A_Northerner

Active member
At the risk of derailing the thread...
Rope left in the cave will degrade due to physical damage from use and potentially being bashed about in water. Those fibres enter the cave environment and will ultimately end up in watercourses and the wider environment. I know this is minor stuff in the big picture, but this is another way we are introducing microplastics into the water network. I had my eyes opened a few years ago when I started to use a UV torch to show people phosphorescence of calcite in Giants Hole. The rock in places is covered in tiny fibres that can only be seen when under UV light. Of course that is not just rope here, it'll be clothing fibres, farm plastics, and virtually anything else plasticky or fibrous that can be carried in. It's a tiny thing in the scheme of things when compared to all the other crap the human race does, but it is a contribution none the less. I completely agree with the re-purpose old rope thinking, but that is not without problems too (e.g. most ropes that get left underground are already out of date or knackered). I just think in some high traffic places, or places where the ropes get trashed quickly, a chain handline could be a better option.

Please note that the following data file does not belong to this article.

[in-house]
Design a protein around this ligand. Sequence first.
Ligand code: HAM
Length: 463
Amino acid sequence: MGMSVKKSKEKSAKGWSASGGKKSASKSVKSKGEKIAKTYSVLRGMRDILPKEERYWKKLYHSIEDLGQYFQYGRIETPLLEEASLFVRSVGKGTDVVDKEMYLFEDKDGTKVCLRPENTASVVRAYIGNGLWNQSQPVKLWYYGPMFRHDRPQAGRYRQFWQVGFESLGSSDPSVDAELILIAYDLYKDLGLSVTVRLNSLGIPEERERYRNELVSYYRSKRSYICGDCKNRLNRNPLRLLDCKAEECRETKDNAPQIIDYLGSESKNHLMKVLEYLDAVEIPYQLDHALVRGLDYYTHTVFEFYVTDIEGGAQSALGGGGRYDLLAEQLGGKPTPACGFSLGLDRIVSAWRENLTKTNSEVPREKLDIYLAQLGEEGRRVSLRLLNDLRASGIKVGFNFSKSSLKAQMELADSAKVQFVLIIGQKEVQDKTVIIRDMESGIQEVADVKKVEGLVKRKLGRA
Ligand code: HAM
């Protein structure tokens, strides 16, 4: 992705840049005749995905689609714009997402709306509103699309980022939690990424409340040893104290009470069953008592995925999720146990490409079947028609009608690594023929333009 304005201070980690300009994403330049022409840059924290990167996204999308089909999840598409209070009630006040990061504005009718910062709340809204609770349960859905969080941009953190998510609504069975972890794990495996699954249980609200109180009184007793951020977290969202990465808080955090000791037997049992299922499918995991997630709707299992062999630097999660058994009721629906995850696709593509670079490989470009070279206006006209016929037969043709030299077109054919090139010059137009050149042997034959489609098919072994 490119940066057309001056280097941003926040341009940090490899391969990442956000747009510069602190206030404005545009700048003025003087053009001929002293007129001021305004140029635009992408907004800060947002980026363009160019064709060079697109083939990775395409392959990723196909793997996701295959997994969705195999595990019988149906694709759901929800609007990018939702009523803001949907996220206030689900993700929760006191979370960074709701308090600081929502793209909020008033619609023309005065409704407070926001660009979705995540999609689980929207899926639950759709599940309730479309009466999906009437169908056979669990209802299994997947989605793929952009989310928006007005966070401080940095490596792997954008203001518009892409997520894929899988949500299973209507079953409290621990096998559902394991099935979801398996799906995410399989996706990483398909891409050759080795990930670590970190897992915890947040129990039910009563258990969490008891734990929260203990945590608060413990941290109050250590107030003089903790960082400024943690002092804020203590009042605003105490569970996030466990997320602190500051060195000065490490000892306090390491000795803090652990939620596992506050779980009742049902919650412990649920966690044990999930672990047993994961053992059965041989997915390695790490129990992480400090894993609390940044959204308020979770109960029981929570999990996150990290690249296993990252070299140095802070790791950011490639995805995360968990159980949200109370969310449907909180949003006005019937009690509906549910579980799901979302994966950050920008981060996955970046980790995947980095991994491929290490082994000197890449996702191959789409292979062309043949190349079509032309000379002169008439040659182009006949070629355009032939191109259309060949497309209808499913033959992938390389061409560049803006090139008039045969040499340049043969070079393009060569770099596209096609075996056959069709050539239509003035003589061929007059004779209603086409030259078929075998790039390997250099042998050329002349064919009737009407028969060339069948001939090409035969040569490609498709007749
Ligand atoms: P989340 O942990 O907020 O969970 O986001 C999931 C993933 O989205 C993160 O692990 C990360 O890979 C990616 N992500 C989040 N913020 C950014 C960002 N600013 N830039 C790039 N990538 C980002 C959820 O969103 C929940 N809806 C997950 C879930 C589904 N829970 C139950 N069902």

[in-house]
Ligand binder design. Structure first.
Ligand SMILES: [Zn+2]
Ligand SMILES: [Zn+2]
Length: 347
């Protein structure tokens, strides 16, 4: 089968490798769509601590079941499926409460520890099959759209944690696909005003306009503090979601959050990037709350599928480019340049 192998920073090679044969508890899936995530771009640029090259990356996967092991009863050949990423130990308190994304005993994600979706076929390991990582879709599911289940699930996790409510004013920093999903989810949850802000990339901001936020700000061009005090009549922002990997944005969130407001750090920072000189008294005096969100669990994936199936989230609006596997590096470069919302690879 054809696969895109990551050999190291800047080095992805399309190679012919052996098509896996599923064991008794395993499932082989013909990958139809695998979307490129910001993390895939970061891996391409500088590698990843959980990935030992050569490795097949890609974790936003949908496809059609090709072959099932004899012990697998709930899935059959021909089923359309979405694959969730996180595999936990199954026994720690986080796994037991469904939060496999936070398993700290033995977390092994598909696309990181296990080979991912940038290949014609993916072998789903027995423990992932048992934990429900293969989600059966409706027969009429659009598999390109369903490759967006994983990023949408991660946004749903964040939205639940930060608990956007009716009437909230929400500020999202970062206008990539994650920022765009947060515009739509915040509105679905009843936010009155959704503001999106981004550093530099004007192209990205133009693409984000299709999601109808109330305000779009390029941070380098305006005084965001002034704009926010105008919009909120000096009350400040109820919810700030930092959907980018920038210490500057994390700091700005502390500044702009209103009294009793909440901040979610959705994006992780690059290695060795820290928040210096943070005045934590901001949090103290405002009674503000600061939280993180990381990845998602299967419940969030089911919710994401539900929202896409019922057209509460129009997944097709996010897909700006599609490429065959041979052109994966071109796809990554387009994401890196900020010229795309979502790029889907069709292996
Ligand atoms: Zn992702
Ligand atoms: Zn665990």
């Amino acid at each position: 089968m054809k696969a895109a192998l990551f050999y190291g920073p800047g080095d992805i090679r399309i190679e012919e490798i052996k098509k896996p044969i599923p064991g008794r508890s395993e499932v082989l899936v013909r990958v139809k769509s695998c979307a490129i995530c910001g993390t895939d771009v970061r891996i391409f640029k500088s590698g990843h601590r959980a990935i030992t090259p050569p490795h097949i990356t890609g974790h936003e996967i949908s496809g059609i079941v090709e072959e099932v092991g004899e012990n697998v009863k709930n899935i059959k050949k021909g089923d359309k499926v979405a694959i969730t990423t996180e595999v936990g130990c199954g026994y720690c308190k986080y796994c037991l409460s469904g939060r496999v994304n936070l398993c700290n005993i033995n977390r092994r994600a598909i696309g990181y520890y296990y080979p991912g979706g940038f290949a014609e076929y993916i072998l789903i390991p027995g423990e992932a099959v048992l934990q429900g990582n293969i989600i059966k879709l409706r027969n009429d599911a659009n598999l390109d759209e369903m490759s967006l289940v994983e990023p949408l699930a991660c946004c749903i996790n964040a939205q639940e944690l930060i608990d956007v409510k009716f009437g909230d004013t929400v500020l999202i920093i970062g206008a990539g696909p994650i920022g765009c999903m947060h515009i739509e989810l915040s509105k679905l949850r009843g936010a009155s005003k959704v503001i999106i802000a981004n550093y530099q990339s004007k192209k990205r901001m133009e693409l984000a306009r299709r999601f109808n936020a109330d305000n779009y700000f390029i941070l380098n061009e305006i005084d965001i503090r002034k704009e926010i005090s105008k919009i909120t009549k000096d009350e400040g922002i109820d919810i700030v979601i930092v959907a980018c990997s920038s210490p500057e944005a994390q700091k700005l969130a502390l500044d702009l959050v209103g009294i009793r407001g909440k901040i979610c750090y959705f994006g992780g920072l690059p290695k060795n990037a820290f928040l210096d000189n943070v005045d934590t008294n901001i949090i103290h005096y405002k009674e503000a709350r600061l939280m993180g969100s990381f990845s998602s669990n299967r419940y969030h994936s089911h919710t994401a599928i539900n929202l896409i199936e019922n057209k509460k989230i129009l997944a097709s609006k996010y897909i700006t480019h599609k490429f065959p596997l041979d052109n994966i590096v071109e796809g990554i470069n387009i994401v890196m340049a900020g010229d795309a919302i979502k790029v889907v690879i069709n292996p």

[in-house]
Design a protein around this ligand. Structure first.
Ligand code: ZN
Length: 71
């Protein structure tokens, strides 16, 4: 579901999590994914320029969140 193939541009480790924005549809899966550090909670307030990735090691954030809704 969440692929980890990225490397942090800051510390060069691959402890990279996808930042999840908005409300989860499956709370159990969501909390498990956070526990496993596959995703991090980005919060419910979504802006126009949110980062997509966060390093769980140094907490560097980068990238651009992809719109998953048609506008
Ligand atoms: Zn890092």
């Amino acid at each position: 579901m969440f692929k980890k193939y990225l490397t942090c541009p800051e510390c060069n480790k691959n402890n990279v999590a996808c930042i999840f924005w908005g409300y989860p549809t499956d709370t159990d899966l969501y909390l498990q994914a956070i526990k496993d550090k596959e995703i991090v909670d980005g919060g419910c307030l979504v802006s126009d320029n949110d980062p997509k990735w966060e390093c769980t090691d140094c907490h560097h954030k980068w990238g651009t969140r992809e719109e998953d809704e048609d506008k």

Yes, I drive a diesel van to caves, use plastic caving gear, know that old ropes don't regularly snap and kill people, know chain may take more energy to make etc.., and putting in some chain as a handline instead of rope does not save the planet on its own. But that doesn't mean we should not consider it instead of old rope where it is appropriate (e.g. handline climbs). Rope in caves is not exactly an environmental disaster, but when we can do better we should, IMO.
Can you recommend a standard of chain to be used for in-situ rigging?
 

andrewmcleod

Well-known member
Can you recommend a standard of chain to be used for in-situ rigging?
Chunky :)

Is there a standard for handlines? Not really...

Any chain with a minimum breaking strength of 1t or above would seem more than sufficient (e.g. 6mm stainless). Climbing walls sometimes use chains as part of their anchors, so it's obviously doable although perhaps you need a structural engineer to sign off on it (maybe it's considered part of the structure rather than the 'climbing' part)?

Non-stainless chains have a bad habit of leaving rust everywhere. Loose chains in streamways can cause issues where they wear away at the rock (which can be mitigated by securing them at the bottom.

Using EN 818-2 chain might be appropriate.
 

Fjell

Active member
Chunky :)